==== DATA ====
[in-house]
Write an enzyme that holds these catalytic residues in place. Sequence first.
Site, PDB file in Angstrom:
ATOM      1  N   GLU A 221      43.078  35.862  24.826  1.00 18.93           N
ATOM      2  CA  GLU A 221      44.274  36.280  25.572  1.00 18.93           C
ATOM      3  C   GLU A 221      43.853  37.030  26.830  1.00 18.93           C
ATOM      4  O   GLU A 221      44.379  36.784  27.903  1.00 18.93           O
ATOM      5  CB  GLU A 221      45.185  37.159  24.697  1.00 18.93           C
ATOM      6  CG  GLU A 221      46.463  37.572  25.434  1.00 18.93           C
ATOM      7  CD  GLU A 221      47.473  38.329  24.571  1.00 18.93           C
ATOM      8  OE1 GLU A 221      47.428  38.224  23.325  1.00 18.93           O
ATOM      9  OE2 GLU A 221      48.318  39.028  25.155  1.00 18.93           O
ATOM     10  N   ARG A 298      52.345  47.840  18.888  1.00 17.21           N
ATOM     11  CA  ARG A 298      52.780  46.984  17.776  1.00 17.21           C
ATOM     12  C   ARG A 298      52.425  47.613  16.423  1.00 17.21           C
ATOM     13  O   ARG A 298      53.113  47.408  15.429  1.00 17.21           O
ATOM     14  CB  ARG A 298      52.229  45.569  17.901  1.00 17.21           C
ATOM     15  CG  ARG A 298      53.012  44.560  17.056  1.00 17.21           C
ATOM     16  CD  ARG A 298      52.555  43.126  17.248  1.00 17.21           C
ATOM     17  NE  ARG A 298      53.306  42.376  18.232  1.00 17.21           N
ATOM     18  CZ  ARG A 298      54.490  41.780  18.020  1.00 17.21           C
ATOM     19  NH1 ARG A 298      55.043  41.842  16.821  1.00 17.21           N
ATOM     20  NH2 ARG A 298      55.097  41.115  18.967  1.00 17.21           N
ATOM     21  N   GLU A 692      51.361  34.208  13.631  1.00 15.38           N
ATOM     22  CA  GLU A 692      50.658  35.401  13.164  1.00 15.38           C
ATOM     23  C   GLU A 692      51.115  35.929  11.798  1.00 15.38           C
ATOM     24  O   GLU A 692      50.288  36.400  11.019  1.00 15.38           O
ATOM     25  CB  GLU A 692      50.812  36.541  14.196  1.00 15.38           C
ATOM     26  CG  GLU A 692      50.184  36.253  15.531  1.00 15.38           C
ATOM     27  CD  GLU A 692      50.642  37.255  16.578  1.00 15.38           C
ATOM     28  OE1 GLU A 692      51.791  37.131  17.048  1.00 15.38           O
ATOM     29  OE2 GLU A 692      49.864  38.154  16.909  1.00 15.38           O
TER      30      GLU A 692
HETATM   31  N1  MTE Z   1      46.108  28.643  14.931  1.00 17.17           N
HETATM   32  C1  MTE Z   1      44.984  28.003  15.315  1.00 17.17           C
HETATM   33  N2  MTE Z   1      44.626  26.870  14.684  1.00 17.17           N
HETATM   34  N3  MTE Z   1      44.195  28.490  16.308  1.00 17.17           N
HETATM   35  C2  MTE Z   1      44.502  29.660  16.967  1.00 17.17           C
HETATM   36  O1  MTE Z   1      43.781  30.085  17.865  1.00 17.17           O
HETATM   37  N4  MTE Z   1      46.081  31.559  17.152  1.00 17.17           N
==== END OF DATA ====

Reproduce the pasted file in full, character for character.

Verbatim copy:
[in-house]
Write an enzyme that holds these catalytic residues in place. Sequence first.
Site, PDB file in Angstrom:
ATOM      1  N   GLU A 221      43.078  35.862  24.826  1.00 18.93           N
ATOM      2  CA  GLU A 221      44.274  36.280  25.572  1.00 18.93           C
ATOM      3  C   GLU A 221      43.853  37.030  26.830  1.00 18.93           C
ATOM      4  O   GLU A 221      44.379  36.784  27.903  1.00 18.93           O
ATOM      5  CB  GLU A 221      45.185  37.159  24.697  1.00 18.93           C
ATOM      6  CG  GLU A 221      46.463  37.572  25.434  1.00 18.93           C
ATOM      7  CD  GLU A 221      47.473  38.329  24.571  1.00 18.93           C
ATOM      8  OE1 GLU A 221      47.428  38.224  23.325  1.00 18.93           O
ATOM      9  OE2 GLU A 221      48.318  39.028  25.155  1.00 18.93           O
ATOM     10  N   ARG A 298      52.345  47.840  18.888  1.00 17.21           N
ATOM     11  CA  ARG A 298      52.780  46.984  17.776  1.00 17.21           C
ATOM     12  C   ARG A 298      52.425  47.613  16.423  1.00 17.21           C
ATOM     13  O   ARG A 298      53.113  47.408  15.429  1.00 17.21           O
ATOM     14  CB  ARG A 298      52.229  45.569  17.901  1.00 17.21           C
ATOM     15  CG  ARG A 298      53.012  44.560  17.056  1.00 17.21           C
ATOM     16  CD  ARG A 298      52.555  43.126  17.248  1.00 17.21           C
ATOM     17  NE  ARG A 298      53.306  42.376  18.232  1.00 17.21           N
ATOM     18  CZ  ARG A 298      54.490  41.780  18.020  1.00 17.21           C
ATOM     19  NH1 ARG A 298      55.043  41.842  16.821  1.00 17.21           N
ATOM     20  NH2 ARG A 298      55.097  41.115  18.967  1.00 17.21           N
ATOM     21  N   GLU A 692      51.361  34.208  13.631  1.00 15.38           N
ATOM     22  CA  GLU A 692      50.658  35.401  13.164  1.00 15.38           C
ATOM     23  C   GLU A 692      51.115  35.929  11.798  1.00 15.38           C
ATOM     24  O   GLU A 692      50.288  36.400  11.019  1.00 15.38           O
ATOM     25  CB  GLU A 692      50.812  36.541  14.196  1.00 15.38           C
ATOM     26  CG  GLU A 692      50.184  36.253  15.531  1.00 15.38           C
ATOM     27  CD  GLU A 692      50.642  37.255  16.578  1.00 15.38           C
ATOM     28  OE1 GLU A 692      51.791  37.131  17.048  1.00 15.38           O
ATOM     29  OE2 GLU A 692      49.864  38.154  16.909  1.00 15.38           O
TER      30      GLU A 692
HETATM   31  N1  MTE Z   1      46.108  28.643  14.931  1.00 17.17           N
HETATM   32  C1  MTE Z   1      44.984  28.003  15.315  1.00 17.17           C
HETATM   33  N2  MTE Z   1      44.626  26.870  14.684  1.00 17.17           N
HETATM   34  N3  MTE Z   1      44.195  28.490  16.308  1.00 17.17           N
HETATM   35  C2  MTE Z   1      44.502  29.660  16.967  1.00 17.17           C
HETATM   36  O1  MTE Z   1      43.781  30.085  17.865  1.00 17.17           O
HETATM   37  N4  MTE Z   1      46.081  31.559  17.152  1.00 17.17           N